Tod: When I was first in Los Angeles and after playing with a band that comprised of some fellow San Diego musicians, I struck out to find new musical blood. In these adventures I ended up working with a few guys that had been from the ‘Chicago’ area of bands that had known and been around the clamor of CHEAP TRICK. Along with the musicians were a few industry people that were also working with these bands, so it all kind of tied in when two of these ‘dudes’ Pete Comita and Jon Brant went on to play with ‘TRICK sequentially after Tom Petersson ‘Left’.

What stands out about this very long venture is the brilliance of the band in total and Robin Zander’s underrated American rock and rock voice….I got to be a part of it, if only as a hired gun, but a gunslinger who treasures that experience that ran off and on for many years.

Glenn: You played on Ted Nugent's Penetrator album which had Brian Howe on vocals - what were the highlights of the album and working alongside such pedigree artists?

Tod: Yes, big fun really. My first big band, 707, was all but dead by then so here I was stuck in San Francisco and then asked by Ted and management to sing backups. This was the short part of the experience, the highlights wouldn’t come until I was asked to go out on tour and support this album…THAT was huge fun for me. Brian was a great singer with his own style and of course Ted was dead on Ted. We had the late Cliff Davies on drums from Ted’s earlier successes’ and then two bass players, Mark Boals followed by Dave Kiswiney. I learned one Hell of a lot from that half a year on tour, and the band sounded really tight like the record!

Glenn: What was Ace Frehley like to be around and work with?

Tod: Overall fantastic truly. When we first started to ramp up the Comet machine, he was positive, knew where he wanted to go, do. He was pragmatic and never short on a great joke or laugh to keep things lightened up. I marveled at his fans and how much they loved him and would learn later on just how dedicated that the KISS fans were – and still are to this day.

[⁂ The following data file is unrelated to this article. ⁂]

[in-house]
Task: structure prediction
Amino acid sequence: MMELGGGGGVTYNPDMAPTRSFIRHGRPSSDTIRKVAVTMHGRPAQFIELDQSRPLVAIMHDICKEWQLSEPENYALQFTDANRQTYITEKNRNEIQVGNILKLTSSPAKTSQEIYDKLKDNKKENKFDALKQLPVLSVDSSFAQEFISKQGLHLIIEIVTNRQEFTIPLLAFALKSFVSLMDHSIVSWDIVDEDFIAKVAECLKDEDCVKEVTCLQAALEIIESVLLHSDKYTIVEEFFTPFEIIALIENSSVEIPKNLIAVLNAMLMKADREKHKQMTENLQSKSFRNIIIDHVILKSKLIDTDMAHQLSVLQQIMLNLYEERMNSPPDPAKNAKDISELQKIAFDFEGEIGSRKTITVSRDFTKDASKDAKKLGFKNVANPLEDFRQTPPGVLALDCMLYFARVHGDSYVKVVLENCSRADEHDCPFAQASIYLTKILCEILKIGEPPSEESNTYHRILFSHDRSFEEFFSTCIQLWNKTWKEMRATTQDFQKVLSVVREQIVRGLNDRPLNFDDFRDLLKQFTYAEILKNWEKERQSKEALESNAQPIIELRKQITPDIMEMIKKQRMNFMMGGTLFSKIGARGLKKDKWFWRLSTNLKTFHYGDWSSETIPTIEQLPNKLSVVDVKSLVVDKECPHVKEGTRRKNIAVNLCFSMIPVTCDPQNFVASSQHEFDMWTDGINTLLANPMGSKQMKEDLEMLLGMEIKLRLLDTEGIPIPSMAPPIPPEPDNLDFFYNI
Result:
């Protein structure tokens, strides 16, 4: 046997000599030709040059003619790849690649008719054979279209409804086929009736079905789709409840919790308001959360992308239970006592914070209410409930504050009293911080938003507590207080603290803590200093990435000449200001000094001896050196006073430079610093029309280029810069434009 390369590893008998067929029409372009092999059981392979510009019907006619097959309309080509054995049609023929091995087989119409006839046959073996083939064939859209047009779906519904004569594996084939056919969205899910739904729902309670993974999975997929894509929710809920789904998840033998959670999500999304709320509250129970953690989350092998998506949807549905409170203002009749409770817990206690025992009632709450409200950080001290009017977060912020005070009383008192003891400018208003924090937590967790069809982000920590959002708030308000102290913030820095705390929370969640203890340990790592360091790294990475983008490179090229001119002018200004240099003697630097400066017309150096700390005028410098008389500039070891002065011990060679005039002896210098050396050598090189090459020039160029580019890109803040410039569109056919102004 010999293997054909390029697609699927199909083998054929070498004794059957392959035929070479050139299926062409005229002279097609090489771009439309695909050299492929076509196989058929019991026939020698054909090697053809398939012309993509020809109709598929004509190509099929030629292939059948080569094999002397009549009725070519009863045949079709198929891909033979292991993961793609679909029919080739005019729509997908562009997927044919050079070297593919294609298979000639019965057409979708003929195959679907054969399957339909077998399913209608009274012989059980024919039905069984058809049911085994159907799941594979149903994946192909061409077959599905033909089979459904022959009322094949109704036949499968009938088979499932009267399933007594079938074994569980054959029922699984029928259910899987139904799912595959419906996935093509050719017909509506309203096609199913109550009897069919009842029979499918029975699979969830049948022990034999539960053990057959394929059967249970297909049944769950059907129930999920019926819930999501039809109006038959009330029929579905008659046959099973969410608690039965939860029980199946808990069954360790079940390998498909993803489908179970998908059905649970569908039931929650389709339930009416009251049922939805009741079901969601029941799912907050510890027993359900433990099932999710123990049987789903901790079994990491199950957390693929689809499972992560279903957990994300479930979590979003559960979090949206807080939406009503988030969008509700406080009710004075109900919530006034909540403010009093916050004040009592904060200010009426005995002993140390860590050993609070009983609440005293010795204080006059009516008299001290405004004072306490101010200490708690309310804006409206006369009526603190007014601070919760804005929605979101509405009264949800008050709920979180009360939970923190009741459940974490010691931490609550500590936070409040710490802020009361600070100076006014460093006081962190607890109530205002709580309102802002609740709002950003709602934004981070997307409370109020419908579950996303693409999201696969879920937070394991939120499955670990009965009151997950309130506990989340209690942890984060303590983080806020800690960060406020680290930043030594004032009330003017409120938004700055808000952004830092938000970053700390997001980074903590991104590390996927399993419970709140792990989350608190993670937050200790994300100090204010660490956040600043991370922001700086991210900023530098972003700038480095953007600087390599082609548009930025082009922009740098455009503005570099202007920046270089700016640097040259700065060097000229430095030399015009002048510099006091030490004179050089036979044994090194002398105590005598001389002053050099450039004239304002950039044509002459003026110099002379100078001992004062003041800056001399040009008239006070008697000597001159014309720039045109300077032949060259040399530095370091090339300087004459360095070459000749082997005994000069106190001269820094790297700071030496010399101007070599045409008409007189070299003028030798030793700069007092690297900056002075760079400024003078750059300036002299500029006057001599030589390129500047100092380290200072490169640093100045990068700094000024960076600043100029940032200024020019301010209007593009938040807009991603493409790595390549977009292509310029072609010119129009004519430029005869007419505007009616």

Glenn: What were your own personal highlights being a member ‘Frehley’s Comet’ with regard to writing, recording, touring and socializing?

Tod: I found it to be the ‘end of a quest’ for me in regards to finally being able to sing, play guitar, keys and write my own songs. For me there was no better highlight and I had hoped to keep that and the band going far beyond what we did. Penning ‘IT’S OVER NOW’ and playing the lead guitars was truly a peak as Ace let me do this without any reservations, and then being inducted into the KISS family tree by default – I got to enjoy most of the KISS fans.

Glenn: What do you personally miss about being in the band ‘Frehley’s Comet?

Tod: The energy and enjoyment that the fans and audience emitted and showed when we played. I LOVED that. Aimed mostly at Ace it was nice to be a part of that epic period of time, we all shared in what he had earned from his time with the ‘K’ band!